Community rallies to save Gus Young Pool

Residents sound off on closing of Gus Young pool

With algae-green water and padlocks, the Gus Young Park neighborhood pool is at the end of its life.  Closed now for the third summer, BREC says the pool is beyond repairing. 

BATON ROUGE, LA (WAFB) - Replacing it would top out at nearly half a million, plus another $92 thousand a year in maintenance.

BREC's superintendent says that's something taxpayer's can't afford.

"I cannot in good conscience justify spending scarce taxpayer dollars for a swimming pool that only five people walk to and use on a daily basis," said BREC Superintendent Carolyn McKnight in a statement.

BREC's plan to close the pool goes back to 2007, when the organization made a move to focus more on larger community parks and a community aquatics plan.  That plan included building Liberty Lagoon and keeping pools in the community parks which have more visitors.  That also meant that smaller, neighborhood pools would be phased out.

BREC has already closed three other neighborhood pools at Barringer, Webb and Jefferson Highway facilities.  Gus Young, which only averaged 5 visitors a day when open, is the last on the list. 

However, in a water rich state, BREC officials say teaching kids to swim remains an important mission.

"We've worked hard over the last few years to make sure that we are making that opportunity available.  We're serving more kids than ever before and we're going to continue doing that because it is one of our top priorities," said BREC spokesperson Cheryl Michelet.

Swim lessons are still available at Liberty Lagoon and other BREC parks a few miles from Gus Young.  Money saved from closing the other pools has been used to create a partnership with the YMCA called a “Splash Pass” which allows kids to swim at the Y for $3.  Adults can swim for $6.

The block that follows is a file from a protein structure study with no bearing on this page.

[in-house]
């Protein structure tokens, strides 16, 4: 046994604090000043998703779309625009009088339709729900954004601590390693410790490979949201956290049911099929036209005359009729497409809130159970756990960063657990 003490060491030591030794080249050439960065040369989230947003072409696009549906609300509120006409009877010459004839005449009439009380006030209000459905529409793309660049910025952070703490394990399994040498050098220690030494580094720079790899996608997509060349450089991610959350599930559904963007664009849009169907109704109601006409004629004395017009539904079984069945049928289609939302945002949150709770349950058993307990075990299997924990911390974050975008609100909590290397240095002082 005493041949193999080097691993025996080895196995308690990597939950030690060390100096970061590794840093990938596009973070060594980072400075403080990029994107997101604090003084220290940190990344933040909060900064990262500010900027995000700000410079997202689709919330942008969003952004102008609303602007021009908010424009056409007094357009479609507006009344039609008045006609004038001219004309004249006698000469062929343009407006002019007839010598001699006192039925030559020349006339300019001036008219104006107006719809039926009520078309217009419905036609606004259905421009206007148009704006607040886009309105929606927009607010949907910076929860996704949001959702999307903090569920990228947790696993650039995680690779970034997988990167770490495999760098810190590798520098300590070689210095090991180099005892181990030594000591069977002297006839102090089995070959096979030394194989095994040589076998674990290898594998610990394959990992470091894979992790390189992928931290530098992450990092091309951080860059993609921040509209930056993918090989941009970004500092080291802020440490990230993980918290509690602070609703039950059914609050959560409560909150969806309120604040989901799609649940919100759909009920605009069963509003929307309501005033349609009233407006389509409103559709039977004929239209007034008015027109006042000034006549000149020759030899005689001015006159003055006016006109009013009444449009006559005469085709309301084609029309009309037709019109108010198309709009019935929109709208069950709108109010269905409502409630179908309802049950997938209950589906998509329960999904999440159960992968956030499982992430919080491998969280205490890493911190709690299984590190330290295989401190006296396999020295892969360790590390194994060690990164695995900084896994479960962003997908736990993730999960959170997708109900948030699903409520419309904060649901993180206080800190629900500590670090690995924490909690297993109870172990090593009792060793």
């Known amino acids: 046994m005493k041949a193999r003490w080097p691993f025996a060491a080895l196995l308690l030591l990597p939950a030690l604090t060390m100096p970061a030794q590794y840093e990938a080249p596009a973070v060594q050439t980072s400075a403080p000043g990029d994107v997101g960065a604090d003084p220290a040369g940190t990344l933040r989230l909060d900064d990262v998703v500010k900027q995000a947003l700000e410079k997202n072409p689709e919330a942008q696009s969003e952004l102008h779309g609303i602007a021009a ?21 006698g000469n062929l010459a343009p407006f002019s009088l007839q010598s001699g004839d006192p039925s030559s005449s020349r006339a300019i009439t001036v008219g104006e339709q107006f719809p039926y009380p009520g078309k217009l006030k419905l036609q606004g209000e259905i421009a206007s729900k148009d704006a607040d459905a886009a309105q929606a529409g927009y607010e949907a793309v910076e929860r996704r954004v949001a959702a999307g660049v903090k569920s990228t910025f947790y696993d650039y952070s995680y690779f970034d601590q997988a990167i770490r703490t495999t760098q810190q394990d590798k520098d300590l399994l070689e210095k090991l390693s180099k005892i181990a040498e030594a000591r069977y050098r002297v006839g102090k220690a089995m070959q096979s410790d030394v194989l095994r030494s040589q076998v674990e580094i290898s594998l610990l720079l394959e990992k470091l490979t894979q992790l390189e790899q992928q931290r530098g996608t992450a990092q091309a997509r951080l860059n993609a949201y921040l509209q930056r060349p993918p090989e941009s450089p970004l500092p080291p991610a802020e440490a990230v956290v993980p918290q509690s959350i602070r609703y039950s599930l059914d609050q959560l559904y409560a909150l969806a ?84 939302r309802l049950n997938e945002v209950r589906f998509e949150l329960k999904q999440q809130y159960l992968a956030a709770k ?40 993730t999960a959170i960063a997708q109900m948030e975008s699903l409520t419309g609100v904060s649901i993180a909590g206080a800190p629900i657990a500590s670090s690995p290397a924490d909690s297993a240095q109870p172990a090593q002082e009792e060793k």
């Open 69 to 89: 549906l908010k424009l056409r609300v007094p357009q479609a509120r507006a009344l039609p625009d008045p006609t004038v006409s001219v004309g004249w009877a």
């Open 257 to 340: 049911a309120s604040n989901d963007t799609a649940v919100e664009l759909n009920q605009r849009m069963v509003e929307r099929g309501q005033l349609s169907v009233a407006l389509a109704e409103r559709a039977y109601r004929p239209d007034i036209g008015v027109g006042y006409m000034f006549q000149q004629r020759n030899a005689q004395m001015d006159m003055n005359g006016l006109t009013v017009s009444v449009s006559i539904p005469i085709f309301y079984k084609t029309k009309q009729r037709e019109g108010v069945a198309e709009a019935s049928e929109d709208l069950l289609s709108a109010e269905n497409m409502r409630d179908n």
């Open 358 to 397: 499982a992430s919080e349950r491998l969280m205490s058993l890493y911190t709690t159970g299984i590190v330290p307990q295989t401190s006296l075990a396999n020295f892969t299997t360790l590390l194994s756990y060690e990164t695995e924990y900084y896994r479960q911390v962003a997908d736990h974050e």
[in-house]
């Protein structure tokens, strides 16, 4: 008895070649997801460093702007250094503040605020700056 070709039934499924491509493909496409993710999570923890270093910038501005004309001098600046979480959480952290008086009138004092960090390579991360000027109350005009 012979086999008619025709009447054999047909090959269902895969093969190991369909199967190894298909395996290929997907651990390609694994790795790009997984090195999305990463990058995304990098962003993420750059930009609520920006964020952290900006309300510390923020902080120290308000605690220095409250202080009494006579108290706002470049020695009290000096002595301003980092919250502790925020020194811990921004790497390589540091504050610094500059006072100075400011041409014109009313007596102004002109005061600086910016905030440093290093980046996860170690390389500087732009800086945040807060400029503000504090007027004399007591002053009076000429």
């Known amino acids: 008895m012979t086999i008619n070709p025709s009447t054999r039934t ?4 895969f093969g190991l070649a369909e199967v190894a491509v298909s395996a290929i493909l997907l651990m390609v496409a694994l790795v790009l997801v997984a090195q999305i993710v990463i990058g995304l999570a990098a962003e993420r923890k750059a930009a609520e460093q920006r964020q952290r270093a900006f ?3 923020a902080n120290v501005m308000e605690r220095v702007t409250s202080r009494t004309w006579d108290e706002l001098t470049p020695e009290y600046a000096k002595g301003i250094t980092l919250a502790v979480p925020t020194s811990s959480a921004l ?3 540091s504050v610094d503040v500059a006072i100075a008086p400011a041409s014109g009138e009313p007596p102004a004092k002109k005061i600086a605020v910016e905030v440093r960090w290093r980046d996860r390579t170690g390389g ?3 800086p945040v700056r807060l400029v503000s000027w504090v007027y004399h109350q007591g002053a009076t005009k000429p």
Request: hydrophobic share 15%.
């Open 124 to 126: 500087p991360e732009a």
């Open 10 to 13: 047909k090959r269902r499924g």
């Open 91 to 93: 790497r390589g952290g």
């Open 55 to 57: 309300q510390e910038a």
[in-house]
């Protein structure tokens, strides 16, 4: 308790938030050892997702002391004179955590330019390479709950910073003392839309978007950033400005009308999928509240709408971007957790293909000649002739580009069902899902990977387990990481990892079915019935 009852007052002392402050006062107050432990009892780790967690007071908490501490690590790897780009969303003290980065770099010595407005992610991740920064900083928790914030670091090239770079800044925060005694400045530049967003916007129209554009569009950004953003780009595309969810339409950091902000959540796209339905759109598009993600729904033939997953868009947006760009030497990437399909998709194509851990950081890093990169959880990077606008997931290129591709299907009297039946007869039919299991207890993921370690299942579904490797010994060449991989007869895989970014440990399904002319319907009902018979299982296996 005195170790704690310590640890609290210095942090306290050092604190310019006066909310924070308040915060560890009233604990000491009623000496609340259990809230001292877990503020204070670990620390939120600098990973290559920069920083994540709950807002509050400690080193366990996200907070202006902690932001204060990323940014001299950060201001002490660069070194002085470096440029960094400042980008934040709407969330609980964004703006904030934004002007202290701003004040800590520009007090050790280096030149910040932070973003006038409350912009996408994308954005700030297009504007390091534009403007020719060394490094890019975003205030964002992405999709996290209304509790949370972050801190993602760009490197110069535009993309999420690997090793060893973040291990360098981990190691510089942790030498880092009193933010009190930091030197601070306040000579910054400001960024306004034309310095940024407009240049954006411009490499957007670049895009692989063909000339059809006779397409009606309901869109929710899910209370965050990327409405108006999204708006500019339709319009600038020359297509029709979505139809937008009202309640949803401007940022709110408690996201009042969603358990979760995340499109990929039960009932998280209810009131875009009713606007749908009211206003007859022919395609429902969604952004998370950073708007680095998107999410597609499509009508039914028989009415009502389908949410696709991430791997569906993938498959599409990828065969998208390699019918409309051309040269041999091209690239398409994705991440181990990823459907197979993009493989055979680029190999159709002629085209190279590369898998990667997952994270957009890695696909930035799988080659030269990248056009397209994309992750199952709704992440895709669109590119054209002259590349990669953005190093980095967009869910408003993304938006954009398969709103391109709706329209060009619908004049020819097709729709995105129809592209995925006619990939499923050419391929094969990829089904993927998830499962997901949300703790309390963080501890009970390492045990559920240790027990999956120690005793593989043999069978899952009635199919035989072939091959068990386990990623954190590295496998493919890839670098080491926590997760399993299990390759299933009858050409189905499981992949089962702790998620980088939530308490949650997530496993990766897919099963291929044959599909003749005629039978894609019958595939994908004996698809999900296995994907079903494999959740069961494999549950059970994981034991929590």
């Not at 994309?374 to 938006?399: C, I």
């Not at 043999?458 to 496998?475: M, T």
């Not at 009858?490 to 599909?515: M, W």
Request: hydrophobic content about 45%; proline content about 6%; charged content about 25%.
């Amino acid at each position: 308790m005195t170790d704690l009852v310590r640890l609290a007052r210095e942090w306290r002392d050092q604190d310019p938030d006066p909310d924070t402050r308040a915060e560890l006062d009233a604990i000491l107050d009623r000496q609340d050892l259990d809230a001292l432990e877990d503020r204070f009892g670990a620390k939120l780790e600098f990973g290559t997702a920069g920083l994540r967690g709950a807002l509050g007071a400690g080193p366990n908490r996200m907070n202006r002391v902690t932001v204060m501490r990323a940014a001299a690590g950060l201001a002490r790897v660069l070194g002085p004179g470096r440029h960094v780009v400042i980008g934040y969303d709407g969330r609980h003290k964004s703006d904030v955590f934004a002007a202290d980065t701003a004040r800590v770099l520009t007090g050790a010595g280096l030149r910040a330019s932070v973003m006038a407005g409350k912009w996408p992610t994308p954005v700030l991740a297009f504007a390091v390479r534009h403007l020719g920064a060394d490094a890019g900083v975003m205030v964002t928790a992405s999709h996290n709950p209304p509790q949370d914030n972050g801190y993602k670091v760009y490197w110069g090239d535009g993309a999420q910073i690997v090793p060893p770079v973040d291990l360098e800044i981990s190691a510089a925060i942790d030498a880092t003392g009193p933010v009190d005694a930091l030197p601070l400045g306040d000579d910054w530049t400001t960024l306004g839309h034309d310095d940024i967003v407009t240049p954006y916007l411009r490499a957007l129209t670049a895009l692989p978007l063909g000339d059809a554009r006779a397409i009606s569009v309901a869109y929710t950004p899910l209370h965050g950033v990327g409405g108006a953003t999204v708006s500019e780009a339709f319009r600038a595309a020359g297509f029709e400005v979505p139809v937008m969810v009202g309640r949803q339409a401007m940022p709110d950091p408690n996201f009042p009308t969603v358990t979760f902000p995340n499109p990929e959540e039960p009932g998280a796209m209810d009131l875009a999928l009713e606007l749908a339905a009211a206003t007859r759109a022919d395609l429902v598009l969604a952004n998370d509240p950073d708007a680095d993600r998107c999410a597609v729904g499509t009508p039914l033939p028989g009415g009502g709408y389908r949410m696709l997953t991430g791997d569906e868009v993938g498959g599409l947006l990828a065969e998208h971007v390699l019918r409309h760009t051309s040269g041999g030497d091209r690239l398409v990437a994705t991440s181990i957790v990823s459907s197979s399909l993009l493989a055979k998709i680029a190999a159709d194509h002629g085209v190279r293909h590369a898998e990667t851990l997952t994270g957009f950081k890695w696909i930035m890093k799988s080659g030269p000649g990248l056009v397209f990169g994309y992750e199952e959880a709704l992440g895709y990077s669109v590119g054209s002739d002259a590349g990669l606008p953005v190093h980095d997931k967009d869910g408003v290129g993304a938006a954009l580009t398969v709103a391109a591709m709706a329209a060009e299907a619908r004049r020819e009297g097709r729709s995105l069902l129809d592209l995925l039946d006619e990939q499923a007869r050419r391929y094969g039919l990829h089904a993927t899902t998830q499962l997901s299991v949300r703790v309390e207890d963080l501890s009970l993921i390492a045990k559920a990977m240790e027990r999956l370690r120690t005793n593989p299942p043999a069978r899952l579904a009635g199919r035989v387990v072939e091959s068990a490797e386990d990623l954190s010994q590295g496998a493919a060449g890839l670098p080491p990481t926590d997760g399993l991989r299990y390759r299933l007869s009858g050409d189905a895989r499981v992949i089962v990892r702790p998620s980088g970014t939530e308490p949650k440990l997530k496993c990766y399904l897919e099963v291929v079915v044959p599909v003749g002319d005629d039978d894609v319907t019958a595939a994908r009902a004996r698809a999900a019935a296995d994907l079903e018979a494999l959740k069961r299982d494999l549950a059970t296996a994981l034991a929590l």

However, the pending closure of the Gus Young Pool has upset neighbors who call the nearly 50 year old facility historic.  On Sunday, they held a rally hoping to build support for the pool.  Even with the other swimming options, many say transportation is a problem.

"These people don't have transportation. These children don't even have the fee to swim in those neighborhoods they're telling them to go to," said NAACP representative Alfreda Tillman Bester.

What will become of the pool location is still undecided.  It is possible that a splash pad could be installed, something Councilwoman C. Denise Marcelle said she would accept as a compromise. 

However, at nearly $500 million, BREC would need donors or sponsors to come forward to pay for the splash pad construction. 

Michelet says in the past, other neighborhoods have gathered financial support to help expand a park's renovation budget.  For example, Raising Cane's sponsors several of the city's dog parks.

Other ideas for the park include an outdoor pavilion to host community events and practices, as well as a community garden.  However, Marcelle says her residents just want their pool.

"We want something to holistically include every part of the community whether you're young, old or whatever," said Marcelle.
BREC plans to remove the pool by the end of the summer.  At that time they will hold a community meeting to get resident input on what to construct.

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